Cooperative Fish and Wildlife Research Units Program: Utah
Education, Research and Technical Assistance for Managing Our Natural Resources

Utah Project

Innovative Control Techniques for Non-native Channel Catfish

January 2024 - December 2026


Participating Agencies

  • U.S. Fish and Wildlife Service- Science Applications

Problem statement: Competition and predation from nonnative fishes have substantially impacted native fish populations across the United States. Channel Catfish Ictalurus punctatus are among the most invasive species due to their negative impacts on native fish communities.

So What? Why this research matters: Traditional removal efforts to extirpate invasive Channel Catfish populations are ineffective. Developing alternative population mitigation strategies, such as the Trojan Sex Chromosome strategy, need to be investigated for the potential control of invasive Channel Catfish populations.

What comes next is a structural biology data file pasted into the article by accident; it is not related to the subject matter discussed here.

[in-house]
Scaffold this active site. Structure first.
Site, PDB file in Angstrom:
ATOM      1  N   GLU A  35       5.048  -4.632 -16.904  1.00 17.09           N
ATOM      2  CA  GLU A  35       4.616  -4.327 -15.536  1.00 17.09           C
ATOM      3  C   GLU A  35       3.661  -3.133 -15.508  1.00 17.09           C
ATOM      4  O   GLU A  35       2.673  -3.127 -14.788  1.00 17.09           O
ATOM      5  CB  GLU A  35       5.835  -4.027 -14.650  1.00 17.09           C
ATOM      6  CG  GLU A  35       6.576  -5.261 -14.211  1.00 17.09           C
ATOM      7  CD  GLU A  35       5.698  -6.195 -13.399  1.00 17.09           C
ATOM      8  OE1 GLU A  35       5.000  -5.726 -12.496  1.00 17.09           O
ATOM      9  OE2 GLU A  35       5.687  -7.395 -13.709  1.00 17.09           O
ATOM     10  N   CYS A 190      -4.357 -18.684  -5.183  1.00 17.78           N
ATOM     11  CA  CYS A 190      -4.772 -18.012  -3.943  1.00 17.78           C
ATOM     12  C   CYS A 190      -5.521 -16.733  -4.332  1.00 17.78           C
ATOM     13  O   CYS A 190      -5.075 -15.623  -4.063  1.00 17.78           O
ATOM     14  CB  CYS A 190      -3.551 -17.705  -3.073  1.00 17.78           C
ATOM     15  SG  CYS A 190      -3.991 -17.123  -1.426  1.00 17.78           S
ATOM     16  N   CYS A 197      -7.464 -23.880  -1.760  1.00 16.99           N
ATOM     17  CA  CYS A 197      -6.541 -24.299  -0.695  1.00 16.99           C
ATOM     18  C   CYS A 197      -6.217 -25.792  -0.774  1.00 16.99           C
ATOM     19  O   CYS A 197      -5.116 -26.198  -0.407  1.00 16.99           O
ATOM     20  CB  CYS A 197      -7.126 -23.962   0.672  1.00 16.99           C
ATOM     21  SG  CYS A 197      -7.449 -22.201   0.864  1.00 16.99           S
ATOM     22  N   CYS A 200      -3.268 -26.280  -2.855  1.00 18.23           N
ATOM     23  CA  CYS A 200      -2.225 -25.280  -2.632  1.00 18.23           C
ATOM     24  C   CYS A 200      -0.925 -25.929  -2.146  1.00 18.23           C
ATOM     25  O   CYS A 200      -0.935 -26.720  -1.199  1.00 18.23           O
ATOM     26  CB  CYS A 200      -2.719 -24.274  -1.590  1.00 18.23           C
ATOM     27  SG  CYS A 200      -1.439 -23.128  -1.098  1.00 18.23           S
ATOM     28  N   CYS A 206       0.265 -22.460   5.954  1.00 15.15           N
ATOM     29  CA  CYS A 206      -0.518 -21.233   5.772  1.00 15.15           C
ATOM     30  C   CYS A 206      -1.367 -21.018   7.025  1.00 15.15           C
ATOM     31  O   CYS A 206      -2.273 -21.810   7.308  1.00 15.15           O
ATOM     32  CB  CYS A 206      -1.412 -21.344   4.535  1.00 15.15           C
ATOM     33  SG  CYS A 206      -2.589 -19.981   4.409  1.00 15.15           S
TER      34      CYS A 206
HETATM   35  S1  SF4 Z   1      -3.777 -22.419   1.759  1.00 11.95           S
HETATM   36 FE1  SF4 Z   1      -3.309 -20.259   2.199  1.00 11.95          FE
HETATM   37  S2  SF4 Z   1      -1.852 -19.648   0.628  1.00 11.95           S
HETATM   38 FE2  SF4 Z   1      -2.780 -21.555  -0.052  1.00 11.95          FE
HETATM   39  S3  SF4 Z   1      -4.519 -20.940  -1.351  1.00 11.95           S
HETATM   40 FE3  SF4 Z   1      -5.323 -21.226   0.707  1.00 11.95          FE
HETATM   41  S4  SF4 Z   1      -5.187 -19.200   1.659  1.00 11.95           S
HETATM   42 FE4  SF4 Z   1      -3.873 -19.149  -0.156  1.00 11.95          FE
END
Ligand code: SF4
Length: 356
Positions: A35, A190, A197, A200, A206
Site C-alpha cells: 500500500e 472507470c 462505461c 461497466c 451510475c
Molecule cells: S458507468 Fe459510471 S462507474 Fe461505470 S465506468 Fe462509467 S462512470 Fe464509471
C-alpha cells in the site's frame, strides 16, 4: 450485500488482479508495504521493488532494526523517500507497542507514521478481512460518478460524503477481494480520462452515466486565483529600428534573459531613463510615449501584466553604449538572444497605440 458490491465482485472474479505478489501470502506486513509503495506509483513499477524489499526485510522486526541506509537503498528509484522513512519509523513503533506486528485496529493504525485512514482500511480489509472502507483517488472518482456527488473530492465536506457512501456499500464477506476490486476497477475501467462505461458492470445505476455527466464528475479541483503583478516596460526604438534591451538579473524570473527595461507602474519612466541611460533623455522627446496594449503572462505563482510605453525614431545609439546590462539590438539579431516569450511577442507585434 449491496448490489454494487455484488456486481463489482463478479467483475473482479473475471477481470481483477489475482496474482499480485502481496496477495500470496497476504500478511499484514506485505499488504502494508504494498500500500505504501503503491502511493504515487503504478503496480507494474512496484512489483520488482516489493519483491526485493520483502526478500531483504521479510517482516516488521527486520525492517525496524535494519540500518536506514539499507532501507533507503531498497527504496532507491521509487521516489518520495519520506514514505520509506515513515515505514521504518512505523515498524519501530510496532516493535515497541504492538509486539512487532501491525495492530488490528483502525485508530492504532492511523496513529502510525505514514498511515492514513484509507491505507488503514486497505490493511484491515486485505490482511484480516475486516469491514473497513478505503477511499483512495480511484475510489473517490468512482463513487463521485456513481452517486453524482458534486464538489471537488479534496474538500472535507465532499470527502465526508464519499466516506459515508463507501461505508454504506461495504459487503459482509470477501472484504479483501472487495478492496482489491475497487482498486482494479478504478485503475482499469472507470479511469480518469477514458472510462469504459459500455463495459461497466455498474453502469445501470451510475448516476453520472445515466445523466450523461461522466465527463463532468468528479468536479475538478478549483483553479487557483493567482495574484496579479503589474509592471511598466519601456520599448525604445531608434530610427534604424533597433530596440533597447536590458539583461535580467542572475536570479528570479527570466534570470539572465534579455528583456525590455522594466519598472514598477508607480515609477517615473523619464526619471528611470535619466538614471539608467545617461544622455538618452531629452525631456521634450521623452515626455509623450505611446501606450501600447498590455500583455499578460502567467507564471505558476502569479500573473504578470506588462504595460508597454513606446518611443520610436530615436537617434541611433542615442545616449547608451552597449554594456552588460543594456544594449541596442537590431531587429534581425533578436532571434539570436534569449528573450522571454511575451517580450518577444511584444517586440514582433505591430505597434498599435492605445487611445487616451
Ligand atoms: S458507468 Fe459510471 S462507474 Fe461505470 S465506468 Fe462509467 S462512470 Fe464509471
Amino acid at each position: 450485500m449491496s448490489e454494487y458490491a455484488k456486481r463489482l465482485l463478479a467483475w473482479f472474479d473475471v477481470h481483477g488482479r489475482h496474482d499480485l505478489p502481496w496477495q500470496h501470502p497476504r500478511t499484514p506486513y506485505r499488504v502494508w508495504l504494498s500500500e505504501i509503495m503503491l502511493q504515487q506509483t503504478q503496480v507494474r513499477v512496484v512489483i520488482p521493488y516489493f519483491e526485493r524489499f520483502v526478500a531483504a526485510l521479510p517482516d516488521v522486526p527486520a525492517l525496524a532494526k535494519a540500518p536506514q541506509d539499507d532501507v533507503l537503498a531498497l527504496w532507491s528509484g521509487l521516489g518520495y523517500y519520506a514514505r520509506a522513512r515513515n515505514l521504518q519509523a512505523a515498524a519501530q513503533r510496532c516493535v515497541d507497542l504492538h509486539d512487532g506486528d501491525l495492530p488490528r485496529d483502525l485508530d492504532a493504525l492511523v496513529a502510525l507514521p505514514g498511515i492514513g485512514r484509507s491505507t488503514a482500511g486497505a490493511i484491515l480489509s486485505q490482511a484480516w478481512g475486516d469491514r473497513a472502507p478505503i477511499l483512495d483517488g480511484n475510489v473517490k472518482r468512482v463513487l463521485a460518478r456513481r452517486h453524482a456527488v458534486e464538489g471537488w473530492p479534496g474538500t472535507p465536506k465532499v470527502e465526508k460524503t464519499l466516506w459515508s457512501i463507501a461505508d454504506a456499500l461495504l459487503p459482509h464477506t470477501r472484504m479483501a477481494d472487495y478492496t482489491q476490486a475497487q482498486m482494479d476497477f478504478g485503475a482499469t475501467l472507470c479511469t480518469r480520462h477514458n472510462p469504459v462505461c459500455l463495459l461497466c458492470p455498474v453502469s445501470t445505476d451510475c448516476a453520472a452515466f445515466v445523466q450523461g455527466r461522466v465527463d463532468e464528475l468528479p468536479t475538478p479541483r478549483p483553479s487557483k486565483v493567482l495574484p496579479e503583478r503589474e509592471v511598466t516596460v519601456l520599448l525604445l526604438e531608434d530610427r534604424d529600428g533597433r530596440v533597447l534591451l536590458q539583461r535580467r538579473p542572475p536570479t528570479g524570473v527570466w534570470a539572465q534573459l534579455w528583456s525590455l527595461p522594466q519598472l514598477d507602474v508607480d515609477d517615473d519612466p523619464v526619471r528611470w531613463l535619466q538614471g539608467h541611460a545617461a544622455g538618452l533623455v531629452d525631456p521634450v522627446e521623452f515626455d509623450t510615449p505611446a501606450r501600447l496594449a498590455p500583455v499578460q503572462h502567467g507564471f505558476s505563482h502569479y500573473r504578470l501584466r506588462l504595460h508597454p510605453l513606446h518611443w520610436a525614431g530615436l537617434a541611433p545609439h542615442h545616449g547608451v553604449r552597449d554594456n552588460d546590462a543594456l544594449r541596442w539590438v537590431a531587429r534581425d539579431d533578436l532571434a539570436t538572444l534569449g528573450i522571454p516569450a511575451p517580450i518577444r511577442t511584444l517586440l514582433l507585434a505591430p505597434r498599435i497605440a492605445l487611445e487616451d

Partners: The project is a collaboration of researchers with New Mexico Department of Game and Fish and the U.S. Fish and Wildlife Service.

Research that informs decisions: Critical data will be collected on the development of optimal feminization strategies for Channel Catfish. This information is critical in the implementation of a Trojan Sex Chromosome eradication strategy that may be able to extirpate invasive Channel Catfish populations.